Welcome to the 2D Materials and Electrochemical Devices Lab

Research overview

Our group is developing new materials and bottom-up processing strategies to fabricate improved, typically nanocomposite, device components in order to advance technologies in areas such as electrochemical energy storage, energy generation, sensing and separations. We use methods in interfacial engineering to direct the assembly of nanocomposites from a variety of nanomaterial building blocks and molecular precursors such as polymers, surfactants and ionic liquids.

Nanomaterial production and intrinsic properties to films and nanocomposites with controlled porosity to advanced functional devices


Affiliations

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Supported by

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  1. Feb. 13, 2020Waterloo startups among top 10 in national energy solutions competition

    Two University of Waterloo startups have been named among 10 winners of a national energy solutions competition.

    Evercloak Inc. will receive funding to support a $1.2 million project to develop a dehumidification technology for air conditioners that will cut greenhouse gas emissions and reduce the energy use of cooling systems by over 50 per cent. Michael Pope, assistant professor, chemical engineering, and Evelyn Allen, corporate researcher partnerships manager, in the Office of Research co-founded the company in 2018.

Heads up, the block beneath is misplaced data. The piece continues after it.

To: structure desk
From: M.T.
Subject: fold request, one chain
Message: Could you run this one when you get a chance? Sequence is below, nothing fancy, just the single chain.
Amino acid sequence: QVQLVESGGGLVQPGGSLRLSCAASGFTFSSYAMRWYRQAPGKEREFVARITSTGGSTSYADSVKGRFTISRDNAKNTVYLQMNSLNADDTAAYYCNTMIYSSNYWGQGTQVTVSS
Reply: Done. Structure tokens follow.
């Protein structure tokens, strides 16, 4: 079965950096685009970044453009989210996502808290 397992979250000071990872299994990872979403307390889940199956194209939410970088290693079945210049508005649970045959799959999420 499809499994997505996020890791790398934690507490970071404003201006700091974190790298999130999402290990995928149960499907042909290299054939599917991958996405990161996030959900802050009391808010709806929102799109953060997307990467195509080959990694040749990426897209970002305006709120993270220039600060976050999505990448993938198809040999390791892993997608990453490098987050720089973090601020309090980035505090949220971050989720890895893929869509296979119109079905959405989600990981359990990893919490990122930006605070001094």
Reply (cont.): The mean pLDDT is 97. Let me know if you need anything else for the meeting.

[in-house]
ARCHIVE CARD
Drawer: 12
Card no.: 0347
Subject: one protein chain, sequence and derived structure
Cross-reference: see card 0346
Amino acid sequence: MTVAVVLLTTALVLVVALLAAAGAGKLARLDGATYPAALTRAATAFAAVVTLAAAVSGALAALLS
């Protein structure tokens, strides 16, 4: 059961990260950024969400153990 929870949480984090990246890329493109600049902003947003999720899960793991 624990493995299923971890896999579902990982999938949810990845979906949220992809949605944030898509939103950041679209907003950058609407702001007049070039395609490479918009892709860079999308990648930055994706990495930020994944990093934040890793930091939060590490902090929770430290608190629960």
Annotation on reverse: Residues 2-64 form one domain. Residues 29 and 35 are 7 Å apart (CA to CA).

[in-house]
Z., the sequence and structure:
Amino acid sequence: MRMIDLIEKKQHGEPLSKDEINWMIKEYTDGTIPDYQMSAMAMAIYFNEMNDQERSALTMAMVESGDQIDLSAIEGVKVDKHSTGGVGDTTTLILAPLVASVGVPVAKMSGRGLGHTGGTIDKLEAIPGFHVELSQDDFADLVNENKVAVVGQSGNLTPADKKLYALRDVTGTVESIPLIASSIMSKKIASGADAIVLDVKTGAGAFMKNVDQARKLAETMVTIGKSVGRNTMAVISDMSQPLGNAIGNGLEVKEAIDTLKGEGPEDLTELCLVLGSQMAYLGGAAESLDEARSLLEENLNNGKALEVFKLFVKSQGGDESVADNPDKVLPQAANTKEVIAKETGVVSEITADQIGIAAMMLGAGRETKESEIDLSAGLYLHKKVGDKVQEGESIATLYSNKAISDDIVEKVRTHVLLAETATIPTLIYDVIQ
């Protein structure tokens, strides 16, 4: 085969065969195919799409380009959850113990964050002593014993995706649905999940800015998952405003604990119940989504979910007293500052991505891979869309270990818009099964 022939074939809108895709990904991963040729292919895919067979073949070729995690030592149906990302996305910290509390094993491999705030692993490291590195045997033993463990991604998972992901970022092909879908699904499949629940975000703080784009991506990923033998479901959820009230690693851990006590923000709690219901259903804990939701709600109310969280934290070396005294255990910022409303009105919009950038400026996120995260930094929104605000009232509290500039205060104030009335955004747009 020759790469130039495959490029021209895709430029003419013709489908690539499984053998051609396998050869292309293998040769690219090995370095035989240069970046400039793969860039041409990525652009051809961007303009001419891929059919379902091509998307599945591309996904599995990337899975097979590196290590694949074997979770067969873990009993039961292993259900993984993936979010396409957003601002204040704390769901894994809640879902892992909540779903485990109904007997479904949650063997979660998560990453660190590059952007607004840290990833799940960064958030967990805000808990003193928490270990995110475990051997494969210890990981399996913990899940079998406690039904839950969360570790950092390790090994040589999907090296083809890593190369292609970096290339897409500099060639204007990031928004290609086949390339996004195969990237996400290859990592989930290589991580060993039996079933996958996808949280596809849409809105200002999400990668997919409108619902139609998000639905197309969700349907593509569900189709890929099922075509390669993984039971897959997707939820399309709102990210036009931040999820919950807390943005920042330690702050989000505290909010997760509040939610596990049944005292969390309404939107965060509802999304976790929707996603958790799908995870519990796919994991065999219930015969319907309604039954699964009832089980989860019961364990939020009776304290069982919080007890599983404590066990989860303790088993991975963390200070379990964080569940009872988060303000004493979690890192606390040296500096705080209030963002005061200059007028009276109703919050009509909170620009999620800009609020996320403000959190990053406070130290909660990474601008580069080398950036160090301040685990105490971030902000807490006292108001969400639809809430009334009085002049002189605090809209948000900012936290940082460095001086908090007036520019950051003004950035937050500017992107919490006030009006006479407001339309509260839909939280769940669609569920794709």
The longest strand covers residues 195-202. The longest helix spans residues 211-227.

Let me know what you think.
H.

2. Dec. 12, 2018Cleantech startup takes $25,000 pitch contest prize

    A startup company co-founded by Waterloo Engineering professor Michael Pope recently won $25,000 in seed funding in a pitch competition meant to encourage Canadian innovation.

    Evercloak, a cleantech startup that specializes in manufacturing ultra-thin graphene and other 2D nanomaterial films, took first place in the environment and electrification development category of the Ontario Power Generation Ignite contest.

  3. June 21, 2018International Workshop with German Research Institute

    Thursday, June 21st marked the conclusion of a successful international workshop at the Waterloo Institute for Nanotechnology (WIN). For the past four days, representatives from the Center for Nanointegration Duisburg-Essen (CENIDE) in Germany and WIN met to discuss opportunities for joint funding proposals and establishing student knowledge exchanges. 

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